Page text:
1. I must honestly agree with you when you say that South Carolina was a fairly liberal state, when it came to light individuals. Being a descendant of varies mulatto/near white lineages, and being a South Carolina native, this has been a huge observance in my research. I have never been conclusive as to why, however. It’s always intrigues me. Perhaps the inhabitants in South Carolina and Louisiana were impacted more, by the Spanish and French ideology, being that they are both “Port” states, closer to Spanish and French territory (Lousiana actually being a French territory at one point), than Virginia was. These actions within the past must be recognized, though, for it is a simple of who we are as people. I feel as though this subject may be sensitive, because so many want to refuse the fact, they are quite “White”. My grandmother, for instance, was of mixed race. On one occasion, their white grandmother came and took them to an aunt’s house. Upon their arrival, their grandmother was welcomed in, however they told her to leave my grandmother and her siblings “the darkies”(thats what they called them, even though they are all relatively your complexition), on the porch. It caused my grandmother and her family to limit the connectivity to their white lineage. This entire occurence in history is just fascinating. Thanks for writing about it.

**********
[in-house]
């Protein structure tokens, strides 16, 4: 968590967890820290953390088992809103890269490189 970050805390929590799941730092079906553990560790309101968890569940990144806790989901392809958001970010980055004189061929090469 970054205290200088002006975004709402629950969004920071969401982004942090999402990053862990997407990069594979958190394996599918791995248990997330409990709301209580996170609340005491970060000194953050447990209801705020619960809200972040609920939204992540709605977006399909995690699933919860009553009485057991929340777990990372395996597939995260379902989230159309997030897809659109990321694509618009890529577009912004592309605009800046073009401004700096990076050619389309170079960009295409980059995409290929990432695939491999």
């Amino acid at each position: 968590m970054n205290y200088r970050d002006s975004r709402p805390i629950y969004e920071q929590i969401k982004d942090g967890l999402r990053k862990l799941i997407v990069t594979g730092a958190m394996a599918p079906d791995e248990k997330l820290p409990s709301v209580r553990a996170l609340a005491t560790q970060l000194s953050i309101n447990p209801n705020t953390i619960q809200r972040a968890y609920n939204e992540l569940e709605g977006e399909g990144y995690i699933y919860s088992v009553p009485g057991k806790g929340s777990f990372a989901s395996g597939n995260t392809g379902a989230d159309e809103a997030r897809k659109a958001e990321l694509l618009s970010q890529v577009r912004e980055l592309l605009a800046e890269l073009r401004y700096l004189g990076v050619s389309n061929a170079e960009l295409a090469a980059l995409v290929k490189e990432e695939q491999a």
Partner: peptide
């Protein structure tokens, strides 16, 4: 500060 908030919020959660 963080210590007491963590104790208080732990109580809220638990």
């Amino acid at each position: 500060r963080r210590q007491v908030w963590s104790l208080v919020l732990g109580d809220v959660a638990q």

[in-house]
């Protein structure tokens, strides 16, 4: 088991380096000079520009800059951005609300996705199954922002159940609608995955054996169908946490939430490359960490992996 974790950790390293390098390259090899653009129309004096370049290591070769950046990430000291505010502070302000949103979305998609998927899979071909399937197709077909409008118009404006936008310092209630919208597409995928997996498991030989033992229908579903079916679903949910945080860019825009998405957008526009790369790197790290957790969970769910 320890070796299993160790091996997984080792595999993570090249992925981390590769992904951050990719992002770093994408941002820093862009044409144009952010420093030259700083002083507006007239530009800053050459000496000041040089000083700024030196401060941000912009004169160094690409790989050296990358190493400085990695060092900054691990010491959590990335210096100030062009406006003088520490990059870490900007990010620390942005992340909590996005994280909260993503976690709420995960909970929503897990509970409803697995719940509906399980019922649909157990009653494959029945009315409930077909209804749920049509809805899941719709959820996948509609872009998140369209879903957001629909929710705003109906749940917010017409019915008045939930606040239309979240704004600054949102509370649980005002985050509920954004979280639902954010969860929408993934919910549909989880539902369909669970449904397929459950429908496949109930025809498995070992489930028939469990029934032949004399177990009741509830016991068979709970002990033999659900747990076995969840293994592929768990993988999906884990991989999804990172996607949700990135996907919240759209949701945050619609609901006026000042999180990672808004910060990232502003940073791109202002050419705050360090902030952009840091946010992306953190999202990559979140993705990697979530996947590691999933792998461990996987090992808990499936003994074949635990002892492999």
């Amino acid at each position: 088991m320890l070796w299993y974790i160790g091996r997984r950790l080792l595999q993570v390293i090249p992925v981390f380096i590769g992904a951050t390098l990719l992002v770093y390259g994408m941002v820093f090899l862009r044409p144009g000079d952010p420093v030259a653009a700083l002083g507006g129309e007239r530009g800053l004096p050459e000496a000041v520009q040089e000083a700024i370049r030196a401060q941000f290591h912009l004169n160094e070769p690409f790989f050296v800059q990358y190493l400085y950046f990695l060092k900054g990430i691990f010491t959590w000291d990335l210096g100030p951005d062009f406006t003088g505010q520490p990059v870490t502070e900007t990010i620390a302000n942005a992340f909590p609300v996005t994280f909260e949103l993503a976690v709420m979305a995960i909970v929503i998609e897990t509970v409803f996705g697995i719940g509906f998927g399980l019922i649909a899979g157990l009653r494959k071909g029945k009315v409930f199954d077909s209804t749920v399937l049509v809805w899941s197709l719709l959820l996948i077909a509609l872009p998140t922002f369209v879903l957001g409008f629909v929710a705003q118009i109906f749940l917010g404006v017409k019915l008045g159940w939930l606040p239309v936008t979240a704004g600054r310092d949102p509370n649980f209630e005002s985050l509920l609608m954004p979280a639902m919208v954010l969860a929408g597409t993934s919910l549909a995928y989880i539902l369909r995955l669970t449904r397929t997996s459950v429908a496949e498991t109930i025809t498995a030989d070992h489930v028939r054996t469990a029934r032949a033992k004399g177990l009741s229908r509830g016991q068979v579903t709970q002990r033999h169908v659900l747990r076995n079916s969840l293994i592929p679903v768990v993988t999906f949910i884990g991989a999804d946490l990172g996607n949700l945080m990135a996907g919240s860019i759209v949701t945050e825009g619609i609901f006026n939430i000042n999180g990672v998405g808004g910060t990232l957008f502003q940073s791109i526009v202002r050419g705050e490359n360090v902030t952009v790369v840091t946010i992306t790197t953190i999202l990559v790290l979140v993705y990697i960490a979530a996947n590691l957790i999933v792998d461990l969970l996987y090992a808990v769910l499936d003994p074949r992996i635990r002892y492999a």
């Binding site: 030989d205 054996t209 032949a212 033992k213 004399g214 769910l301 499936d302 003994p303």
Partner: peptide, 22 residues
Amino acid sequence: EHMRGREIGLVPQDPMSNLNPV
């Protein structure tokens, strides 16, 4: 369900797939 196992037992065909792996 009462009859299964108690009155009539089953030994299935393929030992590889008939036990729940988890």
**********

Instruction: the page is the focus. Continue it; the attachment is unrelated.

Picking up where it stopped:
5. Hi thanks for your well written article. I think we need to remind ourselves that most of our ancestors who did this did not look like us. They were not light skinned they were white they looked white. They looked like Cindy Crawford , Ava Gardner and Johny Depp. We walk around so called “whites”everday here in North Carolina who swear they are white but they have African hair, wide noses and large behinds. Their skin however is dusky , high highyellow or white. Let’s deal with the reality of the members of our race who live in the shadows.

    1. Hi Nora. Thank you for your comment. That’s what’s so intriguing about my maternal grandfather. For all intent and purposes he was white. Anyone who didn’t know him who met him never thought twice about that. He, his mother and his sisters had every opportunity to live as whites. They didn’t. Even my mum, his daughter, had to explain her ethnicity to people. They may not have chatted about family history much in the presence of younger generations but they were a quietly proud people who knew who and what they were. They just got on with the business of living and raising families.